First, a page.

So for the millennials, now all old enough to vote, it’s Fantasy Time!
Come on in to major life decisions greased by rock ‘n’ roll, says the Old Globe Theatre, where a new musical titled The Heart of Rock & Rollis now in its world premiere.
The story here is the ultimate dream dilemma of early adulthood: being so good at everything that a choice must be made: An artist’s perilous ecstasy or the comfortable security of commerce. And, of course, what about love?
Heartoffers, as a guide through this well-trod wilderness, selections from the repertoire of one particular popular rock band.
Yep, another juke-box musical. (Or “catalogue” musical, as the creatives like to call it.) Except this one doesn’t tie itself down to the music from one fount, like Beatles or Carole King or the Four Seasons etc. Instead, the score is “inspired by the music of Huey Lewis and the News.” Inspired, not written.
Fair enough. Personally, I tend to get a kick out of juke-box musicals. I frequently have a “Oh, is thatwhere that comes from?” moment. And there’s a certain grim pleasure in watching book-writers grunt and strain to harness some random list of songs to serve a story.
I don’t even need to recognize a band’s sound. Before my recent session with Wikipedia, I wouldn’t have known Lewis et al from Chuckie and the Cheesenuts. That doesn’t affect my appreciation for the very professional quality of their work. In fact, the decent, carefully-molded solidarity of this score is one of its strengths. So what if the best song in the show is Curtis Mayfield’s “It’s All Right” from 1964? As offered up in the Huey fashion, it’s appropriate in message and even fresh in sound.
The real musical guiding hand here seems to be one Brian Usifer, credited with rounding up the songs, arranging and orchestrating them and supervising Matt Doebler and eight other excellent pit musicians in the so-right sound. Usifer even contributed to one of the new songs. As the niche called jukebox evolves, polished artists like Usifer will emerge to help enrich an otherwise forgettable era of musical shows.
Since somebody decided this fantasy had to be of the here and now, Usifer also had to wrench all these 1980s songs into an acceptable present. He’s been slightly more successful that his colleagues in other departments.
Jonathan A. Abrams wrote the book, assisted in some unspecified way by Tyler Mitchell. It does smell a bit mildewed, since the hero’s decision must be between singing lead in a promising band or accepting a top management role with a mid-sized cardboard box firm in the Midwest. Such choices nowadays are both more complicated and enabled by new technology. But remember, this is all rock ‘n’ roll fantasy.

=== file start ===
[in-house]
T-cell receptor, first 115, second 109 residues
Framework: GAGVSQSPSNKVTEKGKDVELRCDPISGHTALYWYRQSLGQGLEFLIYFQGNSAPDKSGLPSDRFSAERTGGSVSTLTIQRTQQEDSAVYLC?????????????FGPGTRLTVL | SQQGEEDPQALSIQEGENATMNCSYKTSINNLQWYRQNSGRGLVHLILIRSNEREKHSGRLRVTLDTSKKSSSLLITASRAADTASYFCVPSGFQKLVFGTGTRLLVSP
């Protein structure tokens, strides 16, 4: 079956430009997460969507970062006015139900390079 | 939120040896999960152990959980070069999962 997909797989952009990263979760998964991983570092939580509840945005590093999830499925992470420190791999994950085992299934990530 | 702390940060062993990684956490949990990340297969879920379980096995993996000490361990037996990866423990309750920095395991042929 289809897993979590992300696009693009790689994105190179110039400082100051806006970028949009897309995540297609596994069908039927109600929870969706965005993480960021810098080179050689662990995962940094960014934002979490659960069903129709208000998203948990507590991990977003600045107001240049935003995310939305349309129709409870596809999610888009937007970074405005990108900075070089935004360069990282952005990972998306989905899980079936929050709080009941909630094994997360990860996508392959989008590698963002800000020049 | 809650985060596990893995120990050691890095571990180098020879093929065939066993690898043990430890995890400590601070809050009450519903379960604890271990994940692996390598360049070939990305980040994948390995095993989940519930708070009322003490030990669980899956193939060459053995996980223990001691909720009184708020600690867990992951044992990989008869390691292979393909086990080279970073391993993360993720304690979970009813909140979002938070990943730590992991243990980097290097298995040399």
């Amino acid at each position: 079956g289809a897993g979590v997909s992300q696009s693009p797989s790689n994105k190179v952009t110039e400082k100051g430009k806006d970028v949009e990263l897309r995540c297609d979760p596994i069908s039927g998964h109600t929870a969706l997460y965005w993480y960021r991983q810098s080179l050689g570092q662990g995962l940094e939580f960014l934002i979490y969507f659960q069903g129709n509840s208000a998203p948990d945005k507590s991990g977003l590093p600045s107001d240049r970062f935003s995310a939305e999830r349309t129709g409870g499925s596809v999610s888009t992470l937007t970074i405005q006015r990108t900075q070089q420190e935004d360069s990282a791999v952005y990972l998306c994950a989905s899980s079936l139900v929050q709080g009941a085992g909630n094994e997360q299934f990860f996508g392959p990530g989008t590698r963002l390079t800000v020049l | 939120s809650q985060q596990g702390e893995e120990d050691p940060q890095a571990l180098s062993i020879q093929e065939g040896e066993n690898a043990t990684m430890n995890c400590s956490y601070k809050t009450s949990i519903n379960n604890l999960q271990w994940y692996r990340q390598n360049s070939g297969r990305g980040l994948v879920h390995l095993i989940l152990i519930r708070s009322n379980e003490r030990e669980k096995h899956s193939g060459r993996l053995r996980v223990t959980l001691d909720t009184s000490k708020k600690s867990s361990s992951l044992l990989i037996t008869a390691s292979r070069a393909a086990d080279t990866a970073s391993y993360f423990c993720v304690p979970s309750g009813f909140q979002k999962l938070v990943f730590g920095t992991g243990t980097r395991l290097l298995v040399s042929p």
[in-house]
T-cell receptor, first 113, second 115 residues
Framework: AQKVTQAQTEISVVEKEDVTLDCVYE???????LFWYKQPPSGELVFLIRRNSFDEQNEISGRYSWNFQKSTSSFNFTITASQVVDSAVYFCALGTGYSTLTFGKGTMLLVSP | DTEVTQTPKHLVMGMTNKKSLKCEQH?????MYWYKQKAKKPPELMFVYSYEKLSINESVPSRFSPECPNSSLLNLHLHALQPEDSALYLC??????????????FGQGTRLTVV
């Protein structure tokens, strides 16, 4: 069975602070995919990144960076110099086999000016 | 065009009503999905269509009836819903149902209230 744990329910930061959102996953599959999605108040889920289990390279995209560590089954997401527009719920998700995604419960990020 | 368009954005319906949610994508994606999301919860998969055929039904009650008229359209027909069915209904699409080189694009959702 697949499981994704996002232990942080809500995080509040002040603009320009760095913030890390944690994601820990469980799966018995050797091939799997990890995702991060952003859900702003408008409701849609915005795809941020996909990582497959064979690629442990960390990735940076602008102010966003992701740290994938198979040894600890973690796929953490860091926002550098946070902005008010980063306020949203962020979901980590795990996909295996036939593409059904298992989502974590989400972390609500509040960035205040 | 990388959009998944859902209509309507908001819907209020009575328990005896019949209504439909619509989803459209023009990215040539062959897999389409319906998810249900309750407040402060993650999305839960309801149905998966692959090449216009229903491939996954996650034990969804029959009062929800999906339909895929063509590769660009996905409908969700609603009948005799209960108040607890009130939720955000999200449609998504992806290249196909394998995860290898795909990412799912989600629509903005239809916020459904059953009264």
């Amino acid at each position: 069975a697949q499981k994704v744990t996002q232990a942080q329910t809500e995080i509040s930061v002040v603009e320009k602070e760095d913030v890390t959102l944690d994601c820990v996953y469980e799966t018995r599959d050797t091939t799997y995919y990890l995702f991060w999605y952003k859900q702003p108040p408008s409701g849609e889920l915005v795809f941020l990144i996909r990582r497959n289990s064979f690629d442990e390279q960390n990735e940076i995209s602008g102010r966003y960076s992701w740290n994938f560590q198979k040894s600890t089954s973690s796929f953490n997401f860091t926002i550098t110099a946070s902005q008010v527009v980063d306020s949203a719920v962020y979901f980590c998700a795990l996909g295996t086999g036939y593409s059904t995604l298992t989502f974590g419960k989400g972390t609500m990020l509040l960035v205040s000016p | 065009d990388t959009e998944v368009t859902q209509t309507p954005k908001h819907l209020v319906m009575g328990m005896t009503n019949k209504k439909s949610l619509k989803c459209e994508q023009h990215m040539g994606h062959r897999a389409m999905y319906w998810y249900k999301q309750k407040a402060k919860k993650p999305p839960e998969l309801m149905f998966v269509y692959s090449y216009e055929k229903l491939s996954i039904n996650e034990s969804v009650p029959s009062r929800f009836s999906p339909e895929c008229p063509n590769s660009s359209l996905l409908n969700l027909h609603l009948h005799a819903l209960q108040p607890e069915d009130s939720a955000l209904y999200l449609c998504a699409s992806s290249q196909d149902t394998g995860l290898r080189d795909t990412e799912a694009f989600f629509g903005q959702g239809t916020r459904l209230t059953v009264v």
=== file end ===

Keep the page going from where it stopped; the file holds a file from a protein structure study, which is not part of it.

Abrams has solved the problems (for the moment, at least) by including three or four slightly different endings, including one where the hero gets everything plus the girl too, hoping one will stick. No spoiler violations here; If this show has a future, work will continue on it during the Globe run. In fact, Abrams faces pretty much the same decisions as does his hero.
Director Gordon Greenberg will be there for Abrams regardless. Like Usifer, Greenberg is part of an emerging skill-set that knows how to proceed when they wheel in the jukebox. These characters as written all are standard issue, including the fantasy figures, so Greenberg’s approach is to plow right through the stereotypes with breezy energy that leaves plenty of room for individual actor charm. Lorin Latarro’s dances follow right along, with all hands dutifully choogling away in goofy glee.
So, who are these people? Matt Doyle borrows from decades of boy-next-door sparkle as the central kid. Katie Rose Clark is as dewy as her name but far from the self-doubt agony suggested in the script. The actor who’s impossible not to watch is Paige Faure as heroine’s best friend, a lithe, intense fireball aglow with commitment.
John Dossett as the big box boss, Orville Mendoza as a mercurial venture capitalist from Finland (name: Harrison Fjord!) and Lindsay Nicole Chambers, playing an agent shark with a heart, all turn out sweeter than necessary. Not so Billy Harrigan Tighe, obviously the yuppie villain because he’s preppy blonde, he’s pushy and he sings a cappella with three pliant wingmen.
The band in question, which so needs our hero back as lead singer, is Lucas Papaelias, hopelessly long-haired, on guitar; F. Michael Haynie, grumping for heavy metal but actually more base, on bass; and Zachary Noah Piser, the grounded drummer. The smell of old pizza and the sound of Mom’s peevish shouts down the basement stairway set the early scenes with grim authenticity.
Derek McLane provides a plausible frame for the action though his palette doesn’t quite match either the now or then. His cool minimalist instincts are a big help with the furniture. Paloma Young’s costumes face comparable choices with reasonable results in this atmosphere of shruggy authenticity. Nothing much to say about Howell Binkley’s ever-appropriate lighting except, “right on.”
No, I don’t think this is the future of the musical theatre, just as rock ‘n’ roll will not in fact live forever. But shows like this do hone the skills of those filling the seats while searching for the next step and the performing demands help improve the breed. I mean, just look at how hard everybody’s working and how appealing this all is.
Even without a coherent conclusion.
(Continues on the Old Globe main stage at 7 p.m. Tuesdays, Wednesdays and Sundays; at 8 p.m. Thursdays-Saturdays; and at 2 p.m. Saturdays and Sundays through Oct. 21, 2018.)